Symptoms of Menopause

Menopause
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By marsyk on 2011-05-19 11:46:45
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Menopause is not an illness or disease; it is a normal phase of development that all women go through when their fertility and menstruation begin to decrease. But even though it is not an illness, it is advised that you seek treatment for your symptoms if they become severe or start in impact your daily life. Menopause can cause sleeplessness, anxiety, and depression and any one of these symptoms can have negative long term impacts. Unfortunately there are the still irritating but less treatable problems such as hot flashes and mood swings. If you are having trouble coping with menopause, especially in the case of anxiety or depression, please visit your doctor.

In the United States the average onset of menopause is between 45- 55. In other countries it may occur earlier. For women undergoing natural menopause, menopause is defined in medical terms as the day after your last period is over. After one year of no periods, you are considered infertile and don’t have to worry about getting pregnant anymore. There are a lot of unknowns in menopause. Currently it’s unknown why some women get more severe symptoms than others and there are some racial differences with some races having fewer and less severe symptoms. Not so surprising is the fact that smokers typically will enter menopause a much earlier than non-smokers. One fact that is surprising is both fraternal and identical twins go into menopause much earlier than most women. About 5% of twins go into menopause before 40 years old.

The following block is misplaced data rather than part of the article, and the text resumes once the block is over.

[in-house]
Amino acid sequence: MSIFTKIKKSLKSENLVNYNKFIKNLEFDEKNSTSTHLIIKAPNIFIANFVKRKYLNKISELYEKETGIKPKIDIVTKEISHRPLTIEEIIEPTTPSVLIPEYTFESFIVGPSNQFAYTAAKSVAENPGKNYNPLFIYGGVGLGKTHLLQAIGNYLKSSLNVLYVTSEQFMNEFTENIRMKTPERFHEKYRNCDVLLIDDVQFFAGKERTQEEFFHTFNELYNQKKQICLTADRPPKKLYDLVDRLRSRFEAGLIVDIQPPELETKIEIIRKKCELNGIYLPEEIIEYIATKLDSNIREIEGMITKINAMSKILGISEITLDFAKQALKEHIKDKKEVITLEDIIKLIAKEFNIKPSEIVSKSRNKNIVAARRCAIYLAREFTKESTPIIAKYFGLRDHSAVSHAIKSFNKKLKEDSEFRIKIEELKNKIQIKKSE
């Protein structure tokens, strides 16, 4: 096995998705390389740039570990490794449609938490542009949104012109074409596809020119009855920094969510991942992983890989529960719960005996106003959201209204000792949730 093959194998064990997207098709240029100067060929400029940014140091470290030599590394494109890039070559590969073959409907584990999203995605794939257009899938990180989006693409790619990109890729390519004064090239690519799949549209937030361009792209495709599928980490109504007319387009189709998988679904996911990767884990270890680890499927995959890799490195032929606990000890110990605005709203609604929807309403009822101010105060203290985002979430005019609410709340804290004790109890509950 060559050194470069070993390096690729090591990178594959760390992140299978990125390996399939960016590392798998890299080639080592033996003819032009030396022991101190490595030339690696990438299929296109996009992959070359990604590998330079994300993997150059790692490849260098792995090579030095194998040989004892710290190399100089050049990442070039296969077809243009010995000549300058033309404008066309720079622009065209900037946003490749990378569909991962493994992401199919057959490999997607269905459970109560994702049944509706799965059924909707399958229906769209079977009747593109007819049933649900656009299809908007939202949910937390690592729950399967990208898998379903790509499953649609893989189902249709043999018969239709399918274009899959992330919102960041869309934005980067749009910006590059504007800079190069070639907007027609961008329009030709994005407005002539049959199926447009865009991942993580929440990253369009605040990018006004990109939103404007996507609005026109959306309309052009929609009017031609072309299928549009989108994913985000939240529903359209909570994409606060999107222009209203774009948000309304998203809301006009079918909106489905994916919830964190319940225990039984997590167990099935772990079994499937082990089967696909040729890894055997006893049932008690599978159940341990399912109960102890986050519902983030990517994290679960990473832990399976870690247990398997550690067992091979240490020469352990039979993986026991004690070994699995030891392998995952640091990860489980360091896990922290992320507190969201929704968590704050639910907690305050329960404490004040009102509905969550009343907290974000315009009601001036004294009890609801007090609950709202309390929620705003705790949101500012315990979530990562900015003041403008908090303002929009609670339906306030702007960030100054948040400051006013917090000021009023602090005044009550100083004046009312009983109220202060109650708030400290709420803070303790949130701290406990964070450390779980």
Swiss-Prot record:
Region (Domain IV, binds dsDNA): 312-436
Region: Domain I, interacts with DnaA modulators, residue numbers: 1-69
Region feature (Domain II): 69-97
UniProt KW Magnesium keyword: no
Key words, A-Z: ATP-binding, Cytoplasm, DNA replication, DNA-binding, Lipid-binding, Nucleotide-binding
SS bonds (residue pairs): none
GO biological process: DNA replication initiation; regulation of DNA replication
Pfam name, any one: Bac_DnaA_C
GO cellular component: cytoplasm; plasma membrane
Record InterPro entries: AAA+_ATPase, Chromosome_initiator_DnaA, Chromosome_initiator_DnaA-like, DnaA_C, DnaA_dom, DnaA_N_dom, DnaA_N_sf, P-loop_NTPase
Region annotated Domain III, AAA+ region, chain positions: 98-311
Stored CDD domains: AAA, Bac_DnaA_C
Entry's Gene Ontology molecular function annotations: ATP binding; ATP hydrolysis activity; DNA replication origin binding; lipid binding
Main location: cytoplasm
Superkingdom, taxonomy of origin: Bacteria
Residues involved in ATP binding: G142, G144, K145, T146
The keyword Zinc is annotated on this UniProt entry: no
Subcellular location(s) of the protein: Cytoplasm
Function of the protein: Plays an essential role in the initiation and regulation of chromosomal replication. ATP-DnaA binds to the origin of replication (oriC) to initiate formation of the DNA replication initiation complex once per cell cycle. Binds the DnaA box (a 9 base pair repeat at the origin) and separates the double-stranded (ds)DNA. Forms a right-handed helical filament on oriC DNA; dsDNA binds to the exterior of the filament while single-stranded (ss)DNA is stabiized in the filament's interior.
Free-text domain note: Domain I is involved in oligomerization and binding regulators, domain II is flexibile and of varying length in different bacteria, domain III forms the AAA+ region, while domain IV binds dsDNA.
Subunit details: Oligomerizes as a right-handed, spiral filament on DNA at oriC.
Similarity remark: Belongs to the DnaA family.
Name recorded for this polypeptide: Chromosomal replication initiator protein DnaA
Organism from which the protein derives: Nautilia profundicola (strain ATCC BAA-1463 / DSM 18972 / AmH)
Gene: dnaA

Prior to menopause occurring there is a transitional phase that is called perimenopause. Again, severity of symptoms and the age at which it will begin varies. In most cases, perimenopause begins in the mid to late 40’s. Perimenopause symptoms are the same as the symptoms experienced during menopause. Basically perimenopause is simply the very start of the menopausal phase.

Some of the more common menopause and perimenopause symptoms are:

Irregular bleeding and periods
Vaginal dryness
Pain during intercourse
Loss of sex drive
Incontinence
Hot Flashes
Night sweats
Moodiness
Inability to get restful sleep
Anxiety
Exhaustion
Irregular heartbeat or heart palpitations
Weight gain
Muscle Soreness
Thinning hair
Stomach problems
Osteoporosis
Loss of skin elasticity
Memory loss

It’s unfortunate that not of lot of information is available about reliable treatment options for women in menopause. Until recently Hormone Replacement Therapy (HRT) was the standard treatment for menopause, but all this changed several years ago when studies showed that HRT caused an increase in certain types of cancers. Because of this information, women began going off of hormone therapy in droves.

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